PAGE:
Editable Science Images: One of the challenges I have explored with Dr. Terri McElhinny and the Biological Sciences Program at MSU is the visual representation of biological concepts. For example, if you look at the lectures most faculty give on genetics may incorporate 10-15 distinct representations of DNA. These representations will also vary between courses within a sequence. So, how might this variation lead to difficulties in understanding by students. In addition, many instructors have to cobble together non-editable bitmap images to form a visual narrative of processes such as transcription. Not being able to edit the images leads faculty to say things like, “disregard this part of the image, and try to focus here.” For this project we tried to develop vector images in Powerpoint that faculty could share and edit and to allow for consistency between sections and courses in a sequence. Ultimately, this endeavor ran into the challenge of faculty investment. Being under multiple pressures for research and service makes it challenging for faculty to invest time in image editing even when using Powerpoint, a tool they are relatively familiar with. This has corroborated other experiences I’ve had about the power and importance of community building in creating and more arguably more importantly sustaining change in curriculum and curricular approaches.

Educational Videos: Often in online learning one of the elements that seem a staple is the explanatory video. I worked with TechSmith to create a Learning Community on campus looking at what the primary literature tells us about video production. I hope to paste a white paper on our findings in the near future. In the meantime, here are a couple examples of my video production work.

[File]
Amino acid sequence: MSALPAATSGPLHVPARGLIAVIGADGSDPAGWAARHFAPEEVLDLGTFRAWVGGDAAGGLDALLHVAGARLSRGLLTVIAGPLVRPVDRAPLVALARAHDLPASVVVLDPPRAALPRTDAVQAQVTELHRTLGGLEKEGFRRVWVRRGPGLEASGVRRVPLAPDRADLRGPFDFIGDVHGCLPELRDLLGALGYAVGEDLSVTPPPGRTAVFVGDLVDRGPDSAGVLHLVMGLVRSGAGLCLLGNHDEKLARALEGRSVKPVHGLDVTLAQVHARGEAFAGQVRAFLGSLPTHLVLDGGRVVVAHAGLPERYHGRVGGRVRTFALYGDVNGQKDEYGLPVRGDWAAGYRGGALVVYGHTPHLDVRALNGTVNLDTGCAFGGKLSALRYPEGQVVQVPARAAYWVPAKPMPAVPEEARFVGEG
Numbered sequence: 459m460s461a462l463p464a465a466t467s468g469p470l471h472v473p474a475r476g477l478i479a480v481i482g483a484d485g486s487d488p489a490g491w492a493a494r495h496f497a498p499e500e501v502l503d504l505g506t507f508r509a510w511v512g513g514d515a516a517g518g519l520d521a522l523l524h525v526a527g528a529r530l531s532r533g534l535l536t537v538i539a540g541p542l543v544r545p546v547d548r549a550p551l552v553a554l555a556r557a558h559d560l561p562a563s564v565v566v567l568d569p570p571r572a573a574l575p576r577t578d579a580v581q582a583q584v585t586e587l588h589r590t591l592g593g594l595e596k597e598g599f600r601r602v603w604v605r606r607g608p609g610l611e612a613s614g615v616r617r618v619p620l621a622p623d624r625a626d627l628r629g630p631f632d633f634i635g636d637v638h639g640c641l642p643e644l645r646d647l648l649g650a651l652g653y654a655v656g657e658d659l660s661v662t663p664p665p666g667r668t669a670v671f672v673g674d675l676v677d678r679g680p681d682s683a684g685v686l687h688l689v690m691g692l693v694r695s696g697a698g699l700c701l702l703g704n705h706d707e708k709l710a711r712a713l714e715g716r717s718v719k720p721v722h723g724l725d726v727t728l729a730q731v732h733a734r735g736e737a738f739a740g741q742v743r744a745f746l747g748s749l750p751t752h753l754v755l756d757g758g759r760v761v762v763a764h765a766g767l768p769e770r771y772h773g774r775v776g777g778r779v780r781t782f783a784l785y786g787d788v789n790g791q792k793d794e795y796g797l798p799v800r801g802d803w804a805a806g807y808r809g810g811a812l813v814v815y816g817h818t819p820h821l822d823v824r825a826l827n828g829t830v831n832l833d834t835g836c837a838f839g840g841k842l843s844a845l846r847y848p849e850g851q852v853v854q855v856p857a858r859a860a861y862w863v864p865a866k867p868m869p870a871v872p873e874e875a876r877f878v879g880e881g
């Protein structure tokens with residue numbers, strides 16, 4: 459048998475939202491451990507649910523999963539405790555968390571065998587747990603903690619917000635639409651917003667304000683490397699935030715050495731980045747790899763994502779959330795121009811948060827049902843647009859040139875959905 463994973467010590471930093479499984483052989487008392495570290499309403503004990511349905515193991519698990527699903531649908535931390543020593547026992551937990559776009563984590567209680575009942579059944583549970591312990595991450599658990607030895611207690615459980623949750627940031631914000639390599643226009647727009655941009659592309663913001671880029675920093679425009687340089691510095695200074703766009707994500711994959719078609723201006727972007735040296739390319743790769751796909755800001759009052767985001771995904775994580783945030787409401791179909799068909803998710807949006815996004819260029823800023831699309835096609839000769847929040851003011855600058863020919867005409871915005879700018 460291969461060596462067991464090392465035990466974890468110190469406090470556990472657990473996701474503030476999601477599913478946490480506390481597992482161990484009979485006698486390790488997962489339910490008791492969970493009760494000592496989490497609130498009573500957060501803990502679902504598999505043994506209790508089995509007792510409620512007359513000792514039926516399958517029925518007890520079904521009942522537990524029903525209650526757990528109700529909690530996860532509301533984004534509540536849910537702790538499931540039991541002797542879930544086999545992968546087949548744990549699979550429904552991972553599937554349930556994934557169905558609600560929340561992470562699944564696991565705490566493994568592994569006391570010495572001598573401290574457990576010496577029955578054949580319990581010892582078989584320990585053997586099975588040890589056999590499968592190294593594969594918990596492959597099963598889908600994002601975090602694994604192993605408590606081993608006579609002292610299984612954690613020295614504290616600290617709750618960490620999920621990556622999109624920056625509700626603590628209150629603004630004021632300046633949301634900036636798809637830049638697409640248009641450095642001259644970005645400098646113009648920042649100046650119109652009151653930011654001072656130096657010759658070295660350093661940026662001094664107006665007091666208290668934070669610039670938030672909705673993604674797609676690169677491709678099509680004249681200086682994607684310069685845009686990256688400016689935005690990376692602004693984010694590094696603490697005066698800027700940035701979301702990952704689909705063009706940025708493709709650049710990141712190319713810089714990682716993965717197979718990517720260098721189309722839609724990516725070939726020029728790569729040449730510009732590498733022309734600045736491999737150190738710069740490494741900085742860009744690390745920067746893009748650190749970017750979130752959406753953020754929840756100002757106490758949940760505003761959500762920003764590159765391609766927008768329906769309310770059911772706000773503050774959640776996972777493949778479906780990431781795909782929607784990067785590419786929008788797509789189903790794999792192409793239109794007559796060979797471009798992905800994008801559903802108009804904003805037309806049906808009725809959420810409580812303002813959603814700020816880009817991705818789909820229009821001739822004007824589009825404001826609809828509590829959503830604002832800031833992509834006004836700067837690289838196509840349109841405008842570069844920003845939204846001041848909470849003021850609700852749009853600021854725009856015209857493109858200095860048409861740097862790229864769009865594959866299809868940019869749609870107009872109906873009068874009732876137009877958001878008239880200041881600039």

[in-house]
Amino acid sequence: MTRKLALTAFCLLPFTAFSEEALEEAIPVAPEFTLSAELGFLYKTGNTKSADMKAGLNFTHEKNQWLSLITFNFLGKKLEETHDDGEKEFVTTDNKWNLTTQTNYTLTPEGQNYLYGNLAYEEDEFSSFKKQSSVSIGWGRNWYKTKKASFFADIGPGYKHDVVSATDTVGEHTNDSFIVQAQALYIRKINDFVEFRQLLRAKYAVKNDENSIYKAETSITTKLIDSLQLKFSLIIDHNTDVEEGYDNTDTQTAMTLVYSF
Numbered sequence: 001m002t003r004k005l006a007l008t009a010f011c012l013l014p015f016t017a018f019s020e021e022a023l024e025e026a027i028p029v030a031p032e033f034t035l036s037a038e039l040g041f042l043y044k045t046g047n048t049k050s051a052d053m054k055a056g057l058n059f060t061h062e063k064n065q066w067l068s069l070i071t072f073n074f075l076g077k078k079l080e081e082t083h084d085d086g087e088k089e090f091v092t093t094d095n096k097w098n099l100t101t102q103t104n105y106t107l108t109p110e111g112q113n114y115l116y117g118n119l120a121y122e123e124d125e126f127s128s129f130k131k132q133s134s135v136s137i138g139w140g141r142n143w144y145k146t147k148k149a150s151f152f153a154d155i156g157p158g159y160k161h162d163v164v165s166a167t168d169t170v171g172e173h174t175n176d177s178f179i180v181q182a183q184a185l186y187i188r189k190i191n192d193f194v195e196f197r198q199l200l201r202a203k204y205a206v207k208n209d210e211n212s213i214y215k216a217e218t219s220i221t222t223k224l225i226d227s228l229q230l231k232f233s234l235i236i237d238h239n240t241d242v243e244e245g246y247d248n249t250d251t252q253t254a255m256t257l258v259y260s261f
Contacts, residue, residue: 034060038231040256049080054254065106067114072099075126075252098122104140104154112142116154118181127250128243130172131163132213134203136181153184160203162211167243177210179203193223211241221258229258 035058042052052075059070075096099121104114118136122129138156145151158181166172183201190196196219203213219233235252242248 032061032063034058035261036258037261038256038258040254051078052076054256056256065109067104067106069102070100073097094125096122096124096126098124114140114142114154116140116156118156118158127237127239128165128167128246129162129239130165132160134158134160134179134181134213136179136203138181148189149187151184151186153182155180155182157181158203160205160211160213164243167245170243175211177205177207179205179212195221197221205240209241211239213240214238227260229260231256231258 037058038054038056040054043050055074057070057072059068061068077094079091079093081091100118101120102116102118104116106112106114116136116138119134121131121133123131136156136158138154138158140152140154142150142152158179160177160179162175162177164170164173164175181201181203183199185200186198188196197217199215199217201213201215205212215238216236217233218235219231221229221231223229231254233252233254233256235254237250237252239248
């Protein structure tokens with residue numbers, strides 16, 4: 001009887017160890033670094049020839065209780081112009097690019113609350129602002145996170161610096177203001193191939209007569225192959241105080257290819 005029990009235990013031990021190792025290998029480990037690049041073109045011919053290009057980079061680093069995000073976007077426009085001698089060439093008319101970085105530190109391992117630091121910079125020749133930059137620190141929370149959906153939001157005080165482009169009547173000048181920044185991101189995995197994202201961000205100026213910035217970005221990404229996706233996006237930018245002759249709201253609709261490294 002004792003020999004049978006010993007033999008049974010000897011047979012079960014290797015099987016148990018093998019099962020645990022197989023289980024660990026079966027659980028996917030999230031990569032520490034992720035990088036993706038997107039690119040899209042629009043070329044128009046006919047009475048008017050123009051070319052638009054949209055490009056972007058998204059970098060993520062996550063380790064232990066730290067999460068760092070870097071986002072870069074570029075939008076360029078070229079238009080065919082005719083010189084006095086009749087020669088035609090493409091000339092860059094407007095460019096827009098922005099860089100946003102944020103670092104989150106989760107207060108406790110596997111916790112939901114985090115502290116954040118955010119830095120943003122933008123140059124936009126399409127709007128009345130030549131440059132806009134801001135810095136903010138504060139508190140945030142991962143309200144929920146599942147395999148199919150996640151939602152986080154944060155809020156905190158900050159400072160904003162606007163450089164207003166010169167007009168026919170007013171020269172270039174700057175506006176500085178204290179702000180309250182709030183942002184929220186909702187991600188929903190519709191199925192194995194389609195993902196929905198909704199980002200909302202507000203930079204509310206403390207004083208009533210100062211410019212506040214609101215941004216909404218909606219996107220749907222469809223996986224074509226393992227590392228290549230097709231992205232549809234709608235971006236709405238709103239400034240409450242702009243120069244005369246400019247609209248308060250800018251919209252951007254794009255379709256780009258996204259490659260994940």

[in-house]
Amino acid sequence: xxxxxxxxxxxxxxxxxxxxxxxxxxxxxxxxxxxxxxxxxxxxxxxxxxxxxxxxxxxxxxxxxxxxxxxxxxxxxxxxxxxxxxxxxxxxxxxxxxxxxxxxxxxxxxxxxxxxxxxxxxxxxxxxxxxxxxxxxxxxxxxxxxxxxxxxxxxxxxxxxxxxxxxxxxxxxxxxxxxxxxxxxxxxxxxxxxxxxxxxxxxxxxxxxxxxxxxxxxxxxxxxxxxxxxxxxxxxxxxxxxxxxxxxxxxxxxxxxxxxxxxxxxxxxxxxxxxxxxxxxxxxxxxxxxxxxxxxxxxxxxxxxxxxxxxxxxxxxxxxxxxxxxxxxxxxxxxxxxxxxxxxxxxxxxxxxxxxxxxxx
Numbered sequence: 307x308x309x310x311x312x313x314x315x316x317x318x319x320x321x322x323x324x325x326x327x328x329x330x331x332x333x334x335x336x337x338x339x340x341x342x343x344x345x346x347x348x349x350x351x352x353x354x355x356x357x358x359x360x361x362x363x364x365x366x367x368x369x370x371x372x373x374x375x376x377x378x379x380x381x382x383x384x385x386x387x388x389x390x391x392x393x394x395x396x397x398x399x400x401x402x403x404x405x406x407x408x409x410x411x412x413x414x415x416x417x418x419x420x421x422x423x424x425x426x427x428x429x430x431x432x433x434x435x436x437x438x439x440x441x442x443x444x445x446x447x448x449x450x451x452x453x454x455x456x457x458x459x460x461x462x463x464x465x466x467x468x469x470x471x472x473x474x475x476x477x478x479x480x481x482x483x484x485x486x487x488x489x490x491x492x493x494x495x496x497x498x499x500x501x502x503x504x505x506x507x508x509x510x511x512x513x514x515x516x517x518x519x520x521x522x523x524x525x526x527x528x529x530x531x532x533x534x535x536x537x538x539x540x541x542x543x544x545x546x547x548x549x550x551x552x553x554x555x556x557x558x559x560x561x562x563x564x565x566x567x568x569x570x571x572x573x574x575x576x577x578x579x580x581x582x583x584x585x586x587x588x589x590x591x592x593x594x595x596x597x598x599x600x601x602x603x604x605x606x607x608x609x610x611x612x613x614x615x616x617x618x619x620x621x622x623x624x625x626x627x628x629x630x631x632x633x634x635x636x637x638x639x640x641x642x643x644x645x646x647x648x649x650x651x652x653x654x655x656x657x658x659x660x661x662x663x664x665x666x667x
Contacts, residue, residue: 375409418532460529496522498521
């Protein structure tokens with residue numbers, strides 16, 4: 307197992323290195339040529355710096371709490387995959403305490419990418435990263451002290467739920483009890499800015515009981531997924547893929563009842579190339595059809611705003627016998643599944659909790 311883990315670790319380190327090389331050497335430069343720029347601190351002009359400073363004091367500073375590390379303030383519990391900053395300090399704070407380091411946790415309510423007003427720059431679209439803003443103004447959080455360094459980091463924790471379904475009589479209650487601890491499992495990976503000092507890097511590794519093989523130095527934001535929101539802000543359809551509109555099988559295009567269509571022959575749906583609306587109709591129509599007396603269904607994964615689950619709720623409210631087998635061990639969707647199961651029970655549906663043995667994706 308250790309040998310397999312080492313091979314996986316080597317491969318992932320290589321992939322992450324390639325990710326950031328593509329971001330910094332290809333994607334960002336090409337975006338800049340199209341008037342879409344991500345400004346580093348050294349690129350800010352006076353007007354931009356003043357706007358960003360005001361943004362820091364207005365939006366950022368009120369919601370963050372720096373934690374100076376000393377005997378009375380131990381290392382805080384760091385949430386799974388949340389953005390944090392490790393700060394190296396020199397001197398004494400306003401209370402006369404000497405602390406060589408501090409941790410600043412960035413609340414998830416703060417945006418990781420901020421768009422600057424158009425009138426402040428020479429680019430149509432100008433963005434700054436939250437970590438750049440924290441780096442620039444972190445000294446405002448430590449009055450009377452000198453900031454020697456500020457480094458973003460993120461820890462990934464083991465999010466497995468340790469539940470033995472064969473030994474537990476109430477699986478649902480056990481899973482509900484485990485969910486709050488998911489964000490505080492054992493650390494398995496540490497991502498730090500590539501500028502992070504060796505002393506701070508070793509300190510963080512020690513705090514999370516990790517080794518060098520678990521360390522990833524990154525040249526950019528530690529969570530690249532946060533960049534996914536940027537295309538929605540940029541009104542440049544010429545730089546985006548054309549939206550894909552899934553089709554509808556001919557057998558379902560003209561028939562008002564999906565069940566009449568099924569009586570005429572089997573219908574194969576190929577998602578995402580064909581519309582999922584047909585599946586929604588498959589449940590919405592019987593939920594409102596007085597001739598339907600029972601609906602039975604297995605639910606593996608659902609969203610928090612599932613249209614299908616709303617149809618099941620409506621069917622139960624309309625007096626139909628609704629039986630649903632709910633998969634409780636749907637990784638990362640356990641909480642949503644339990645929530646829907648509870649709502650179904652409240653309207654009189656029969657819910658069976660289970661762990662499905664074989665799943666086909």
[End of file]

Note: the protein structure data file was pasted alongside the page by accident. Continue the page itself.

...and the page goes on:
PaperPusherProductions – This series was inspired by the Common Craft style of videos. I tried to incorporate elements of visual surprise/interest, to help keep learners engaged.

Drawing to Learn – This is an example for a video series I pitched to Pearson and ended up doing ~40 videos (eventually managing a team in their production) that accompanied one of their textbooks. It incorporates student production and self-evaluation.

Informal Learning Tools: For a part of my position at MSU I was an Assistant Curator at the MSU Museum. That work often looked at how technology could impact learning in informal spaces. One of the arguments about the importance of this work that always intrigued me was the Falk and Dierking’s (2010) 95% Solution. They argue that school is not where most
Americans learn most of their science, instead it is informal spaces like museums or what they call “free-choice science learning landscape.” These experiences in planning technological experiences to mediate informal science learning helped me to think out side of the classroom box for improving educational experiences. Below are some of the projects that I work on:



Kiosk Games: To better engage learners with the theory of evolution. I received a grant from the BEACON Center for Evolution in Action to develop with Andrew Dennis and his colleagues at Adventure Time Games two kiosk games, one on variation and one on natural selection. The games were challenging in how do you engage museum goers in 2 minutes or less (the likely time for engagement) in an experience about evolution that is informative but does not lead to additional misconceptions. One particularly tough challenge was how to have players interacting with the games without implying intentional design a common misconception.

QR Code Narratives: As part of the POWerful Design exhibit I created on biomimicry, I created a scavenger hunt throughout the museum with a series of images and QR codes that connected other exhibits to the concepts of the biomimicry exhibit.

QR Code scavenger hunt, you have caught Sammy Squiq
One of 8 superheroes or villains that were throughout the MSU Museum that helped to connect the biomimicry exhibit to other pieces in the museum.

Augmented Reality: